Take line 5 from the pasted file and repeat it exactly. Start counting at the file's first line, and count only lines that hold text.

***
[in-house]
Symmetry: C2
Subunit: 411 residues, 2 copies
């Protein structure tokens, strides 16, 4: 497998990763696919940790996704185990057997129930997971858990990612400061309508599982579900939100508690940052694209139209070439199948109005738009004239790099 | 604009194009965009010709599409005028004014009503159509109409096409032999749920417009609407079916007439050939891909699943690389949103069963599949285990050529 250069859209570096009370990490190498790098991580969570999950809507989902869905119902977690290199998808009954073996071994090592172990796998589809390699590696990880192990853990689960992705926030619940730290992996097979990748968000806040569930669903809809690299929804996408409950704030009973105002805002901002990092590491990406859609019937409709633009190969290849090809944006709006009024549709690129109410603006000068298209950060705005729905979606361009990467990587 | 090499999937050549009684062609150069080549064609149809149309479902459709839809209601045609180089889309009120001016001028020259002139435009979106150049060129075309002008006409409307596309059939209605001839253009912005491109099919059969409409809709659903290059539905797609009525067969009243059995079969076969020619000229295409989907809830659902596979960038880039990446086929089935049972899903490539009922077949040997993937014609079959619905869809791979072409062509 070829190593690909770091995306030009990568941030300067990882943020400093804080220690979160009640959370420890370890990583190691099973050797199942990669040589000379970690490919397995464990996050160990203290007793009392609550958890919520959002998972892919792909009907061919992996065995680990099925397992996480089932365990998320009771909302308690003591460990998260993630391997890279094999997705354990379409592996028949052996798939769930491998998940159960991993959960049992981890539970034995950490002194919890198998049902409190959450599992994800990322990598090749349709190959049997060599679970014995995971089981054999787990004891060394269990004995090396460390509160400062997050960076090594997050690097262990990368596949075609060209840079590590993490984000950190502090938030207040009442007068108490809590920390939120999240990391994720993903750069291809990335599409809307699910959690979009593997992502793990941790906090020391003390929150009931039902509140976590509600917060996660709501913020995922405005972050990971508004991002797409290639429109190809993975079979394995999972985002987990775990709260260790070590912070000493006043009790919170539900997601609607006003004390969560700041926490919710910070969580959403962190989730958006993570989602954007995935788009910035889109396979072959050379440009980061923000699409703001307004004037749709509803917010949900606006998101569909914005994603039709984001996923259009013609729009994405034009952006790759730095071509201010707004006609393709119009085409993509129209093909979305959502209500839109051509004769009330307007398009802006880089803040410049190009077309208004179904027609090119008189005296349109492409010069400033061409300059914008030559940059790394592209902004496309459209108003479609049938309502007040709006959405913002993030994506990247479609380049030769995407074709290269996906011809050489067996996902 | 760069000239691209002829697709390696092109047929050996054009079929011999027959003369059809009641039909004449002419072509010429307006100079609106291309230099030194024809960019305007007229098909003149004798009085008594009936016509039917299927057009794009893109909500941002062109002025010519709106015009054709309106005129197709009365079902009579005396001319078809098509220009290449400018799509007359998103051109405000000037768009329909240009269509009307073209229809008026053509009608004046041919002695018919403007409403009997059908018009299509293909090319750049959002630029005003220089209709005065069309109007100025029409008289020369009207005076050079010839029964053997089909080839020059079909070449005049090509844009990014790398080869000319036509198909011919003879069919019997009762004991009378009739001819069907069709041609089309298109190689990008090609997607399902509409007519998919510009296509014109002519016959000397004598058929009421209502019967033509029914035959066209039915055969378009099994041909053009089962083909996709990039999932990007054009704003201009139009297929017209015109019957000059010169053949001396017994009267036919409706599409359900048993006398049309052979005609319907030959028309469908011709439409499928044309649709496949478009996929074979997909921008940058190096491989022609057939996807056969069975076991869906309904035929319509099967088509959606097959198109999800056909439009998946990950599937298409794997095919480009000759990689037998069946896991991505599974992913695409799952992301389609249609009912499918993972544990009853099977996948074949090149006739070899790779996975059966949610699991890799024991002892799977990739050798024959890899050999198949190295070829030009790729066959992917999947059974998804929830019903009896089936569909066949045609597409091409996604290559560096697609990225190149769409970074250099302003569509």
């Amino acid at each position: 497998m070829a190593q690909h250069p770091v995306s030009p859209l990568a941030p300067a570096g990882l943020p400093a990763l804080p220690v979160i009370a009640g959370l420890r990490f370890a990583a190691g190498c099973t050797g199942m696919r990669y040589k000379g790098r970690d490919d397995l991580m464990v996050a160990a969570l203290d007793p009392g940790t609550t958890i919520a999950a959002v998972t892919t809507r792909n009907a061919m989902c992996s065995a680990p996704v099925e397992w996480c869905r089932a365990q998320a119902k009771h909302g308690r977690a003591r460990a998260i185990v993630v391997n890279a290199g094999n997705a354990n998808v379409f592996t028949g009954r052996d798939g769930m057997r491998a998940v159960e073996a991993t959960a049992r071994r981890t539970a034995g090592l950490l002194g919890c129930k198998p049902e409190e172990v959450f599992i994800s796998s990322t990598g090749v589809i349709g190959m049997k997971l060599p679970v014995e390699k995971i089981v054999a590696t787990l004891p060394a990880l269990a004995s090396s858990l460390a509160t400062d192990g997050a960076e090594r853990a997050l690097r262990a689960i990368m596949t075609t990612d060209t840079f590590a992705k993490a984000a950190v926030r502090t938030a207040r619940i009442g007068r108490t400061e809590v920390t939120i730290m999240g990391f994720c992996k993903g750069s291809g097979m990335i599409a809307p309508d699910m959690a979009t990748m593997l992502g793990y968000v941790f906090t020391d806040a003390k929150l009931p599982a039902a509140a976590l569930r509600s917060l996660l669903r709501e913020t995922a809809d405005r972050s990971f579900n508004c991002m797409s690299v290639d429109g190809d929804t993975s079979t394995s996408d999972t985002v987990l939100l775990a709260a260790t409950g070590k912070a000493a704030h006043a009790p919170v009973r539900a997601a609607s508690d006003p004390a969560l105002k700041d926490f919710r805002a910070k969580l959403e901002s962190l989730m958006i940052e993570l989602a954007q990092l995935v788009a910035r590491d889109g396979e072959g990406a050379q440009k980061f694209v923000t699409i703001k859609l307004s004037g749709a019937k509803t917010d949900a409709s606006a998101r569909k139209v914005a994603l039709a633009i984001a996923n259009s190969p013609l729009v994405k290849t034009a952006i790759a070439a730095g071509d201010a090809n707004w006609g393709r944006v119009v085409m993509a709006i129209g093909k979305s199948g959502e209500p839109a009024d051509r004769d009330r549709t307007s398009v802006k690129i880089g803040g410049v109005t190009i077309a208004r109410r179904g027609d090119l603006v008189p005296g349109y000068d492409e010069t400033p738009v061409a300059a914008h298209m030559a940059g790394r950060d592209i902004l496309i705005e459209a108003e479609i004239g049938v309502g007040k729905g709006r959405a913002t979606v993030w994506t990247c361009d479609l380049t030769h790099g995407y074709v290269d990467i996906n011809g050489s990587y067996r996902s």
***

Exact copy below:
């Amino acid at each position: 497998m070829a190593q690909h250069p770091v995306s030009p859209l990568a941030p300067a570096g990882l943020p400093a990763l804080p220690v979160i009370a009640g959370l420890r990490f370890a990583a190691g190498c099973t050797g199942m696919r990669y040589k000379g790098r970690d490919d397995l991580m464990v996050a160990a969570l203290d007793p009392g940790t609550t958890i919520a999950a959002v998972t892919t809507r792909n009907a061919m989902c992996s065995a680990p996704v099925e397992w996480c869905r089932a365990q998320a119902k009771h909302g308690r977690a003591r460990a998260i185990v993630v391997n890279a290199g094999n997705a354990n998808v379409f592996t028949g009954r052996d798939g769930m057997r491998a998940v159960e073996a991993t959960a049992r071994r981890t539970a034995g090592l950490l002194g919890c129930k198998p049902e409190e172990v959450f599992i994800s796998s990322t990598g090749v589809i349709g190959m049997k997971l060599p679970v014995e390699k995971i089981v054999a590696t787990l004891p060394a990880l269990a004995s090396s858990l460390a509160t400062d192990g997050a960076e090594r853990a997050l690097r262990a689960i990368m596949t075609t990612d060209t840079f590590a992705k993490a984000a950190v926030r502090t938030a207040r619940i009442g007068r108490t400061e809590v920390t939120i730290m999240g990391f994720c992996k993903g750069s291809g097979m990335i599409a809307p309508d699910m959690a979009t990748m593997l992502g793990y968000v941790f906090t020391d806040a003390k929150l009931p599982a039902a509140a976590l569930r509600s917060l996660l669903r709501e913020t995922a809809d405005r972050s990971f579900n508004c991002m797409s690299v290639d429109g190809d929804t993975s079979t394995s996408d999972t985002v987990l939100l775990a709260a260790t409950g070590k912070a000493a704030h006043a009790p919170v009973r539900a997601a609607s508690d006003p004390a969560l105002k700041d926490f919710r805002a910070k969580l959403e901002s962190l989730m958006i940052e993570l989602a954007q990092l995935v788009a910035r590491d889109g396979e072959g990406a050379q440009k980061f694209v923000t699409i703001k859609l307004s004037g749709a019937k509803t917010d949900a409709s606006a998101r569909k139209v914005a994603l039709a633009i984001a996923n259009s190969p013609l729009v994405k290849t034009a952006i790759a070439a730095g071509d201010a090809n707004w006609g393709r944006v119009v085409m993509a709006i129209g093909k979305s199948g959502e209500p839109a009024d051509r004769d009330r549709t307007s398009v802006k690129i880089g803040g410049v109005t190009i077309a208004r109410r179904g027609d090119l603006v008189p005296g349109y000068d492409e010069t400033p738009v061409a300059a914008h298209m030559a940059g790394r950060d592209i902004l496309i705005e459209a108003e479609i004239g049938v309502g007040k729905g709006r959405a913002t979606v993030w994506t990247c361009d479609l380049t030769h790099g995407y074709v290269d990467i996906n011809g050489s990587y067996r996902s």